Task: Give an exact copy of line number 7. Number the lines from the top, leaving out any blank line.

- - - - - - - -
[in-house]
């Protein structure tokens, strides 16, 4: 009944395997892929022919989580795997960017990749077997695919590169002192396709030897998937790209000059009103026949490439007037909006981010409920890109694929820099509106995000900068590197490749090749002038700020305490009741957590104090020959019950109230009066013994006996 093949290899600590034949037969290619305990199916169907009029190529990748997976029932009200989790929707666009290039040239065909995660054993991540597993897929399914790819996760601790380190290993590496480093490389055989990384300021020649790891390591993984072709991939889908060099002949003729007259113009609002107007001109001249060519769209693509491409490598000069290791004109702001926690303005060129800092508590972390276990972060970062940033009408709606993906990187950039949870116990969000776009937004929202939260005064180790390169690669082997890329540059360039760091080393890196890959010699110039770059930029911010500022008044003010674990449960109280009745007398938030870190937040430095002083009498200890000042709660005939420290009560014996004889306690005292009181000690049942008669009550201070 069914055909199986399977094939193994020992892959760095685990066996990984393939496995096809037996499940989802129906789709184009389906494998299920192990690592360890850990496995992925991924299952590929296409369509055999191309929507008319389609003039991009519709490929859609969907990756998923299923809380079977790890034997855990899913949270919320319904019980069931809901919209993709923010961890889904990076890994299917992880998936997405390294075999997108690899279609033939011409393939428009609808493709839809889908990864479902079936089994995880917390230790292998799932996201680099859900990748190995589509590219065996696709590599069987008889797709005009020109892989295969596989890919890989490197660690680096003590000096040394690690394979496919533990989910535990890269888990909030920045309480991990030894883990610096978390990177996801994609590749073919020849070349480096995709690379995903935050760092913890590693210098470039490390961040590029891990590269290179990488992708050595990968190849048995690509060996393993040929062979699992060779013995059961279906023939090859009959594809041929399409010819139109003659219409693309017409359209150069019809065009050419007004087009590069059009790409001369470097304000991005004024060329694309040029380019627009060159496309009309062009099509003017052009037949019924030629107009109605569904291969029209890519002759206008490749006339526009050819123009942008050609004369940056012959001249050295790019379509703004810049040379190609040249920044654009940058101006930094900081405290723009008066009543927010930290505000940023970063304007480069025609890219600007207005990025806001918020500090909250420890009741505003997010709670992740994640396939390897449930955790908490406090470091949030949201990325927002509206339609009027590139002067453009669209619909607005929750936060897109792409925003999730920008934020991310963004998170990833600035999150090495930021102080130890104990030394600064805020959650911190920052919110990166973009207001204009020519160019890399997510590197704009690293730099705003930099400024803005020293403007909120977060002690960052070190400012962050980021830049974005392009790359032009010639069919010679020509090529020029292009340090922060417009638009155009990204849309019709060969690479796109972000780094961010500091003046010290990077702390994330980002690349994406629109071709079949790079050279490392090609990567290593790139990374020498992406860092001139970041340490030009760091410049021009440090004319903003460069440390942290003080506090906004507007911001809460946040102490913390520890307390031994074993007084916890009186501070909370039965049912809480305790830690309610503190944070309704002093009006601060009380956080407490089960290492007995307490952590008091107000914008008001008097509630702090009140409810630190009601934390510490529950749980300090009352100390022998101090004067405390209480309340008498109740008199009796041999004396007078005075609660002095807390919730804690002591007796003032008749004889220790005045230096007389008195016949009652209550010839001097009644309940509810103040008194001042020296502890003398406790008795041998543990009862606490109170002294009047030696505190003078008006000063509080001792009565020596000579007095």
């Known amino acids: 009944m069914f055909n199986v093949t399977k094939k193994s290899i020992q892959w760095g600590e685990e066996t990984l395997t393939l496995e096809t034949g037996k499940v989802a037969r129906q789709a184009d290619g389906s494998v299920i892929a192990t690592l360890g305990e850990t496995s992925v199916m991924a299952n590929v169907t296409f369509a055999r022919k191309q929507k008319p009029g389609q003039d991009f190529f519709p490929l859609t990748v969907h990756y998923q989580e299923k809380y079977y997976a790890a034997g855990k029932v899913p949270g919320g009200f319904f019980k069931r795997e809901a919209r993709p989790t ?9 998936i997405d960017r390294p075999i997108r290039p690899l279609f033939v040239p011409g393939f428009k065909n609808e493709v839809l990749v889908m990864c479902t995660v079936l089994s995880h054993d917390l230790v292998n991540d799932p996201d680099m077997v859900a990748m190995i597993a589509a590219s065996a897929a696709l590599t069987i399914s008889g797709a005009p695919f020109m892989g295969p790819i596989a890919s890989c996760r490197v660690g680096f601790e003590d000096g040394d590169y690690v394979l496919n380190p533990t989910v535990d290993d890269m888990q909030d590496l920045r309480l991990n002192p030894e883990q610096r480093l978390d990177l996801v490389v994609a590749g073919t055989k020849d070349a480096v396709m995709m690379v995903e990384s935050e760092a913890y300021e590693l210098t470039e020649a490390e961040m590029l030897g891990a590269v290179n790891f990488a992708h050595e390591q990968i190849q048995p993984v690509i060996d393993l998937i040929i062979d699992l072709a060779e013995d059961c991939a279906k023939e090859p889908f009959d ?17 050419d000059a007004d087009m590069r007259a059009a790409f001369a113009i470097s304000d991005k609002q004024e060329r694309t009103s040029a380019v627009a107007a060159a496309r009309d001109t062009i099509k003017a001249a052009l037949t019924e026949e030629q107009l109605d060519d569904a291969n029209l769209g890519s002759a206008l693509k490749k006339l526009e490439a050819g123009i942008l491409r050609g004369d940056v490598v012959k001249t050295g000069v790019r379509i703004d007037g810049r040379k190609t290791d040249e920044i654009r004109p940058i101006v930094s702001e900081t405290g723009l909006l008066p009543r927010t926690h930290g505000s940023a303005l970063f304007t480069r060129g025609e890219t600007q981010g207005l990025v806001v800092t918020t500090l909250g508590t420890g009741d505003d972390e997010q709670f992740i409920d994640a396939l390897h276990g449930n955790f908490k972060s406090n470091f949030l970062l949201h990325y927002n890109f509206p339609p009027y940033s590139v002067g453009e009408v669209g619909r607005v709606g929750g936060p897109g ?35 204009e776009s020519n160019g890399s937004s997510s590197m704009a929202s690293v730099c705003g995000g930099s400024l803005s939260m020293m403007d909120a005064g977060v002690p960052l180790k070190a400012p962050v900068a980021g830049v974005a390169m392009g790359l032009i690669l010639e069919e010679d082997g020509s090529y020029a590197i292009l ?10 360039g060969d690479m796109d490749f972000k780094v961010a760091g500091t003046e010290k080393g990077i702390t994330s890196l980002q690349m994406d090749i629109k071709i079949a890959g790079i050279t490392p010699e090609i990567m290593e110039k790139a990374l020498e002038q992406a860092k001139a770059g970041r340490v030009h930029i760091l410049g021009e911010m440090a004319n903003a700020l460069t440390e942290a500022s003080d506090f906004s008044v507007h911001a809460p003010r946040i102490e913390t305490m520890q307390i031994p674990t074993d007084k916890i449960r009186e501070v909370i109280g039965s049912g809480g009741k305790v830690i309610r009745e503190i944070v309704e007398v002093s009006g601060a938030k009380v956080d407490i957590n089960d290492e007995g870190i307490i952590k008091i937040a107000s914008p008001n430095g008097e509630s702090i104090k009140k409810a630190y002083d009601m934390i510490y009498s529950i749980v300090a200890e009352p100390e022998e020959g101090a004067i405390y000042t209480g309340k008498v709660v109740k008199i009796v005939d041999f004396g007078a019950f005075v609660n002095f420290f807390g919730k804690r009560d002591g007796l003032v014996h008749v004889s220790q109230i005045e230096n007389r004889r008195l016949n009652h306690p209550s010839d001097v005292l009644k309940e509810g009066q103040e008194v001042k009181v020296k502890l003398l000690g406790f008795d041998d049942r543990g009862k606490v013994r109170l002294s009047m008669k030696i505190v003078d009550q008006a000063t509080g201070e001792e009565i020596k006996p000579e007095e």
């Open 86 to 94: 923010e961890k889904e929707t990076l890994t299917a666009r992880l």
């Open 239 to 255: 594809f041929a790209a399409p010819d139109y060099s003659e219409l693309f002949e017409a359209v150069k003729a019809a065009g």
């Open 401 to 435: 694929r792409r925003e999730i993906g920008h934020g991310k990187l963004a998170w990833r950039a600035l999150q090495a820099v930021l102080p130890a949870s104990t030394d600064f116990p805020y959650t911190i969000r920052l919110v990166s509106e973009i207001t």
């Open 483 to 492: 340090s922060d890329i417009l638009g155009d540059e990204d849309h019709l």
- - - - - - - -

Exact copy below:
């Open 483 to 492: 340090s922060d890329i417009l638009g155009d540059e990204d849309h019709l």